|Description||Two Stroke Engine||Four Stroke engines|
|Output/Revolution of crank shaft||High||Low|
|Mechanical Simplicity||High, since port are used for fuel intake||Low, since valves are used for fuel intake|
|Cost||Comparatively Cheap||Comparatively High|
|Flexibility for operations||Low||High|
|Spark Ignition-Uses||For small engines||For big engines|
|Spark Ignition* -Charge loss||Charge loss during scavenging||No such loss|
|Compression Ignition* -Fuel loss||No fuel loss||No fuel loss|
|Compression Ignition-Power output||High||Low|
Four Stroke Engine
The name itself gives us an idea – it is an Internal Combustion Engine where the piston completes four strokes while turning the crankshaft twice.
A stroke refers to the piston travelling full in either of the direction.
A cycle gets completed when all the four strokes get completed.
The four stroke engine was first demonstrated by Nikolaus Otto in 1876, hence it is also known as the Otto cycle.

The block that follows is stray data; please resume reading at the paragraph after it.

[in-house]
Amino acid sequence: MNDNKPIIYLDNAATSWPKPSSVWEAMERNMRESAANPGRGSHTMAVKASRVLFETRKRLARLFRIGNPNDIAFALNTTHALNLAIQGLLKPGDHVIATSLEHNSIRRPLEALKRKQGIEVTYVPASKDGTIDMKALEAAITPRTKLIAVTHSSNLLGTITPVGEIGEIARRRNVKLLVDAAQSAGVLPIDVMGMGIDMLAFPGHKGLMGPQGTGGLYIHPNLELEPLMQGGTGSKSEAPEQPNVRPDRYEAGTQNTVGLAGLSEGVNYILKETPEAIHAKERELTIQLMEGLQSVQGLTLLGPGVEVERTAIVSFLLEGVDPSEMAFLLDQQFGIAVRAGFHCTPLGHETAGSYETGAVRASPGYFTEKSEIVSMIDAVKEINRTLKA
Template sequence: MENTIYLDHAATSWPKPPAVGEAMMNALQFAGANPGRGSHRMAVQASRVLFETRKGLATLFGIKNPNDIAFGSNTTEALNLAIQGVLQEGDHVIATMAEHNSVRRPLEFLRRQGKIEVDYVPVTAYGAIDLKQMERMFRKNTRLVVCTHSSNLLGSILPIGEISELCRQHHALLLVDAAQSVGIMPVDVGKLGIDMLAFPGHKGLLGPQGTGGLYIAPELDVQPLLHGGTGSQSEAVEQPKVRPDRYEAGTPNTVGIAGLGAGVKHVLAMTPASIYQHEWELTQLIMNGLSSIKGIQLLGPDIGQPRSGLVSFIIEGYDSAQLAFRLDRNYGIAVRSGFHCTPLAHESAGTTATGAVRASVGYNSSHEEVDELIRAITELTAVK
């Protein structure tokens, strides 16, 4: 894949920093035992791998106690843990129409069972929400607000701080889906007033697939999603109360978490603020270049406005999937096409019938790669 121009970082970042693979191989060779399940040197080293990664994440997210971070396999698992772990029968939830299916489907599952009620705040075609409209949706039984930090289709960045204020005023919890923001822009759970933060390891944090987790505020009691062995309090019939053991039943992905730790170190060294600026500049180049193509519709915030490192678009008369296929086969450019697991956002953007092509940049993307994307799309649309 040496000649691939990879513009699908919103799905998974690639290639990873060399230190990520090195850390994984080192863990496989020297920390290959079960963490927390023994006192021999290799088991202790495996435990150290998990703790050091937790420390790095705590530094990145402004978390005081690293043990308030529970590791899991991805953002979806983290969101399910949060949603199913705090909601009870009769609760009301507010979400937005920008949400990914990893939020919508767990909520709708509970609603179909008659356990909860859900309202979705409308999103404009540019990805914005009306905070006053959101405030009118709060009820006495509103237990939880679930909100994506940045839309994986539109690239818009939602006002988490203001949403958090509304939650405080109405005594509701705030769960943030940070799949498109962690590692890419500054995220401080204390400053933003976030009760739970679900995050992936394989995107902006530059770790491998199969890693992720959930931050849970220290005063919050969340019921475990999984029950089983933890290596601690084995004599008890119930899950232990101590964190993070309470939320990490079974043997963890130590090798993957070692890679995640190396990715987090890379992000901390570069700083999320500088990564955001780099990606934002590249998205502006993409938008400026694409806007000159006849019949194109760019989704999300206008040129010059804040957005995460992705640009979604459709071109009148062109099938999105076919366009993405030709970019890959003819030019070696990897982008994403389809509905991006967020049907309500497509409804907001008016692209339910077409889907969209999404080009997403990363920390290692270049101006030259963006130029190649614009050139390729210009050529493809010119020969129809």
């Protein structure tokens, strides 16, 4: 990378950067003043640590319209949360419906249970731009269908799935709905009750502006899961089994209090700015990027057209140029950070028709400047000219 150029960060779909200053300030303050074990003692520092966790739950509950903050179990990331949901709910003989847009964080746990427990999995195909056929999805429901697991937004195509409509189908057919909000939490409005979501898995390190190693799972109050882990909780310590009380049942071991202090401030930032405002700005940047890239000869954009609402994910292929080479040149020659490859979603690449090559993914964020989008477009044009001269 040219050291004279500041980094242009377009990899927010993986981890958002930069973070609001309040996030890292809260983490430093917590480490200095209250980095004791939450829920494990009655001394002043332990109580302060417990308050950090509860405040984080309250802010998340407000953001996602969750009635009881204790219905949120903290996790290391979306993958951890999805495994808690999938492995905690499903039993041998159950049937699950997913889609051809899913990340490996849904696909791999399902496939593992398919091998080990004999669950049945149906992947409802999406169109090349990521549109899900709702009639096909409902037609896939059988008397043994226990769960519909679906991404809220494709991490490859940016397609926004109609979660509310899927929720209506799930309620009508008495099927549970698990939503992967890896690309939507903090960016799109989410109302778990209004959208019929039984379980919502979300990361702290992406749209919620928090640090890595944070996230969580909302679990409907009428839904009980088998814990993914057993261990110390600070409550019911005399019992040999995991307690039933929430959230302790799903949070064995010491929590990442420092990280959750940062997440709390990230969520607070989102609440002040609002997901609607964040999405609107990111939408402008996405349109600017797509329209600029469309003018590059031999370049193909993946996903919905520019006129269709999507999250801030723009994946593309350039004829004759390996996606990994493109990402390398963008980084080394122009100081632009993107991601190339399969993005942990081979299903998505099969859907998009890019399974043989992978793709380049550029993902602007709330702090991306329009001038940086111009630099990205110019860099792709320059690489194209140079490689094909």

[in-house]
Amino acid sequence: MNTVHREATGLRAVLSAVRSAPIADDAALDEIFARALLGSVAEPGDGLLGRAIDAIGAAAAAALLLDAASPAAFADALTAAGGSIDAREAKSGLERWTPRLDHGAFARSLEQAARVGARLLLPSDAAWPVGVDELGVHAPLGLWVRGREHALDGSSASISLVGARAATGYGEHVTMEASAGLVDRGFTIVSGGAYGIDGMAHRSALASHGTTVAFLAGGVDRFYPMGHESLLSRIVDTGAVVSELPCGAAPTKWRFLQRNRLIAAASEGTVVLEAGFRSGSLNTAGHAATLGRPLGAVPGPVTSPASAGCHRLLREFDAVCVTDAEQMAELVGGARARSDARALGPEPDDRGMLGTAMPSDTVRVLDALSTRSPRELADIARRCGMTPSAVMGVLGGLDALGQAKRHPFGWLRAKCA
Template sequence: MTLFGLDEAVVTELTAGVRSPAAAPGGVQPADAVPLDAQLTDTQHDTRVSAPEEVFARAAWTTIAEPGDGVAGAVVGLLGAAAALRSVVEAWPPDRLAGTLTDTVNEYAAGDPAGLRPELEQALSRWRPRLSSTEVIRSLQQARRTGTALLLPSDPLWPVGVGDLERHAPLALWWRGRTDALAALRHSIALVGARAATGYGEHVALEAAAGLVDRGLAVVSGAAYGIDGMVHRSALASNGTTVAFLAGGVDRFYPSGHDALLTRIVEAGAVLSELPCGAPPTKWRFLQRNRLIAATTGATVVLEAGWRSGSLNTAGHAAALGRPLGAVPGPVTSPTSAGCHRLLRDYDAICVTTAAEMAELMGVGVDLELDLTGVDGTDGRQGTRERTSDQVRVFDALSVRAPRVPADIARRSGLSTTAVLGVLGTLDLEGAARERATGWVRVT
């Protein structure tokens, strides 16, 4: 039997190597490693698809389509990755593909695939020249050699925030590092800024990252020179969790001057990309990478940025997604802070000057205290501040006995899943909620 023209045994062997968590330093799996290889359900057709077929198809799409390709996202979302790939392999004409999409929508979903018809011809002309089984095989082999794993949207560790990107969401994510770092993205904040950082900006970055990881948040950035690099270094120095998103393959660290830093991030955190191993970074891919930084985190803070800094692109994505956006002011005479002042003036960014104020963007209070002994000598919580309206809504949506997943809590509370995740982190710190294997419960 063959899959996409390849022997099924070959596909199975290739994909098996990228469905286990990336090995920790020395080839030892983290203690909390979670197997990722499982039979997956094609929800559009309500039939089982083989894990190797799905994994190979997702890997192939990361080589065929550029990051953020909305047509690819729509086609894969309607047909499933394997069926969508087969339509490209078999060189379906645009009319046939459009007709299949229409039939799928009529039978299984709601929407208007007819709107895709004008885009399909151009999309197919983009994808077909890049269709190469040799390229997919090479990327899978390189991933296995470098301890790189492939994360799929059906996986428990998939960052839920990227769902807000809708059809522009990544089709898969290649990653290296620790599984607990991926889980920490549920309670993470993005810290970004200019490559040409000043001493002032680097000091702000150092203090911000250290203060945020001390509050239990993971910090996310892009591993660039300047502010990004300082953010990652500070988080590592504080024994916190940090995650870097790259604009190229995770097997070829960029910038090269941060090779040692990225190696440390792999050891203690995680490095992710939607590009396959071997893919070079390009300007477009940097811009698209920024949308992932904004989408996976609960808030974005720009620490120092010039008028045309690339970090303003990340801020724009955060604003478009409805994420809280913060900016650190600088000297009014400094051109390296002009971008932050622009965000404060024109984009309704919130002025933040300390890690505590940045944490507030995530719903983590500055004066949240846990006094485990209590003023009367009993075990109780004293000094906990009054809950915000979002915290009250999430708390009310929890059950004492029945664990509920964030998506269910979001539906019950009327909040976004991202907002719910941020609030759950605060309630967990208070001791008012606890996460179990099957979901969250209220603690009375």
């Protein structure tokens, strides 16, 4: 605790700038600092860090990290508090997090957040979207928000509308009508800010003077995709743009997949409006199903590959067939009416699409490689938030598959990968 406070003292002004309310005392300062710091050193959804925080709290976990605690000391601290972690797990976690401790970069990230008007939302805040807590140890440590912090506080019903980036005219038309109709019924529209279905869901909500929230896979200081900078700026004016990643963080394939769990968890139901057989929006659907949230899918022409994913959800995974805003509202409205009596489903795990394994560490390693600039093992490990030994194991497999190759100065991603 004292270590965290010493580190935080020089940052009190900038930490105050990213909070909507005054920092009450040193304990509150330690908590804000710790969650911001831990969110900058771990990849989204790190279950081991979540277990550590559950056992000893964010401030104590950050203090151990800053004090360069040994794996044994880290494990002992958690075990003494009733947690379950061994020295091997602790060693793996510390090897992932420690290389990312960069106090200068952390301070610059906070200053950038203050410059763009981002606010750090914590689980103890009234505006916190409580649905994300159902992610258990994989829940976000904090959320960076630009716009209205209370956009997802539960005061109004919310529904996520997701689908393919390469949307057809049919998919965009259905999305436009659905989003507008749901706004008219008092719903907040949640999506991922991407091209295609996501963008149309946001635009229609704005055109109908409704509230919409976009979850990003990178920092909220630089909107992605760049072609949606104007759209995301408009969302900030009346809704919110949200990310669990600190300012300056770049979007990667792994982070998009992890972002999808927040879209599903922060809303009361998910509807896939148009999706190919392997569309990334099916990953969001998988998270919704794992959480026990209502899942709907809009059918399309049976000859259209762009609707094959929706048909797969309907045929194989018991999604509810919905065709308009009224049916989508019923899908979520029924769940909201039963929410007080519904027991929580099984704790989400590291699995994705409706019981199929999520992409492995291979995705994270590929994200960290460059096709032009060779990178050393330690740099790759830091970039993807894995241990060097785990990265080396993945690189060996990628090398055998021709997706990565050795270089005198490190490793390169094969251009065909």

Two Stroke Engine
A two-stroke engine performs all the same steps as a four stroke engine, but in just two piston strokes.
The simplest two-stroke engines do this by using the crankcase and the underside of the moving piston as a fresh charge pump.
Such engines carry the official name “crankcase-scavenged two-strokes.”
In automotive usage, scavenging is the process of pushing exhausted gas-charge out of the cylinder and drawing in a fresh draught of air or fuel/air mixture for the next cycle.
A compression-ignition engines, typically diesel engines, where the heat generated from compression together with the injection of fuel is enough to initiate the combustion process, without needing any external spark.